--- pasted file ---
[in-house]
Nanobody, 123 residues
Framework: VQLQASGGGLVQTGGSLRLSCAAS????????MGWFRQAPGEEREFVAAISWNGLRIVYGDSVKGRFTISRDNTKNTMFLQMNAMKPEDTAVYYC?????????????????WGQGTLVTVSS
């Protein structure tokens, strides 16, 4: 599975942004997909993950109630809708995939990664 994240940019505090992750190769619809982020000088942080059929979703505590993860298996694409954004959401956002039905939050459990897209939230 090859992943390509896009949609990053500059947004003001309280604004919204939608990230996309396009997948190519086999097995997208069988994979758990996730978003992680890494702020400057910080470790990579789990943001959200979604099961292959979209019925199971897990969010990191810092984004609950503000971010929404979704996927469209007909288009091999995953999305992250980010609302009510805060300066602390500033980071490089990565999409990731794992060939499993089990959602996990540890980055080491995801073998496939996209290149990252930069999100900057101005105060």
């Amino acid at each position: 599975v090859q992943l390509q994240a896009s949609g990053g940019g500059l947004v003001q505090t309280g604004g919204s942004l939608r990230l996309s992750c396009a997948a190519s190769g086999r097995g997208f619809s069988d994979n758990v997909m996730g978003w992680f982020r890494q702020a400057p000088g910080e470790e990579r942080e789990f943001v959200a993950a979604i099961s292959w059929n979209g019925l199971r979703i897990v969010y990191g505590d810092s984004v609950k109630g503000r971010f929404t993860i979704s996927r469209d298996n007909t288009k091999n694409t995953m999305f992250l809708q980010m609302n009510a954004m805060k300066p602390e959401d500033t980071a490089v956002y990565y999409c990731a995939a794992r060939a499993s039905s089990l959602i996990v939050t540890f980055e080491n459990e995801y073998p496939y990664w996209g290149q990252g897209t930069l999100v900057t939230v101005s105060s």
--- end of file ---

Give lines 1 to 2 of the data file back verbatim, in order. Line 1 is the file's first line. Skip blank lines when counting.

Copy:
[in-house]
Nanobody, 123 residues